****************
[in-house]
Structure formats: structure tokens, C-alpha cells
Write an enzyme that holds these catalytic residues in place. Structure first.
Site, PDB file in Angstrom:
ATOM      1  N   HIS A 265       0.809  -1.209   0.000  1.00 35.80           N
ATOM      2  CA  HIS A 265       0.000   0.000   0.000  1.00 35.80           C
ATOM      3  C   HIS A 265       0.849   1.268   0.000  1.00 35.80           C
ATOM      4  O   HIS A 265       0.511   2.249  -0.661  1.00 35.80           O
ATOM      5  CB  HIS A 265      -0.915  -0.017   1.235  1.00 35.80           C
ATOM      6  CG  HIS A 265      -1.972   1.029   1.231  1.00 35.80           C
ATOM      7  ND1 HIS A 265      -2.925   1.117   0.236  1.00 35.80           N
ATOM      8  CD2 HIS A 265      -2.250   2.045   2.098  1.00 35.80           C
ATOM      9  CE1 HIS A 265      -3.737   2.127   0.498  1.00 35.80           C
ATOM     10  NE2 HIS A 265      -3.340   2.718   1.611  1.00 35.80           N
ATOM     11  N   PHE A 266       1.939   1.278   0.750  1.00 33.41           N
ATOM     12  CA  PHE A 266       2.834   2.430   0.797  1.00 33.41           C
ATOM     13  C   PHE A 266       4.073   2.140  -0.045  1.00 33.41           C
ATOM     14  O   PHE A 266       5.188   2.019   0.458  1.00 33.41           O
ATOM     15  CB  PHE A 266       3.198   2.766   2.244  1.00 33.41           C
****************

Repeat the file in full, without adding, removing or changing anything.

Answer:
[in-house]
Structure formats: structure tokens, C-alpha cells
Write an enzyme that holds these catalytic residues in place. Structure first.
Site, PDB file in Angstrom:
ATOM      1  N   HIS A 265       0.809  -1.209   0.000  1.00 35.80           N
ATOM      2  CA  HIS A 265       0.000   0.000   0.000  1.00 35.80           C
ATOM      3  C   HIS A 265       0.849   1.268   0.000  1.00 35.80           C
ATOM      4  O   HIS A 265       0.511   2.249  -0.661  1.00 35.80           O
ATOM      5  CB  HIS A 265      -0.915  -0.017   1.235  1.00 35.80           C
ATOM      6  CG  HIS A 265      -1.972   1.029   1.231  1.00 35.80           C
ATOM      7  ND1 HIS A 265      -2.925   1.117   0.236  1.00 35.80           N
ATOM      8  CD2 HIS A 265      -2.250   2.045   2.098  1.00 35.80           C
ATOM      9  CE1 HIS A 265      -3.737   2.127   0.498  1.00 35.80           C
ATOM     10  NE2 HIS A 265      -3.340   2.718   1.611  1.00 35.80           N
ATOM     11  N   PHE A 266       1.939   1.278   0.750  1.00 33.41           N
ATOM     12  CA  PHE A 266       2.834   2.430   0.797  1.00 33.41           C
ATOM     13  C   PHE A 266       4.073   2.140  -0.045  1.00 33.41           C
ATOM     14  O   PHE A 266       5.188   2.019   0.458  1.00 33.41           O
ATOM     15  CB  PHE A 266       3.198   2.766   2.244  1.00 33.41           C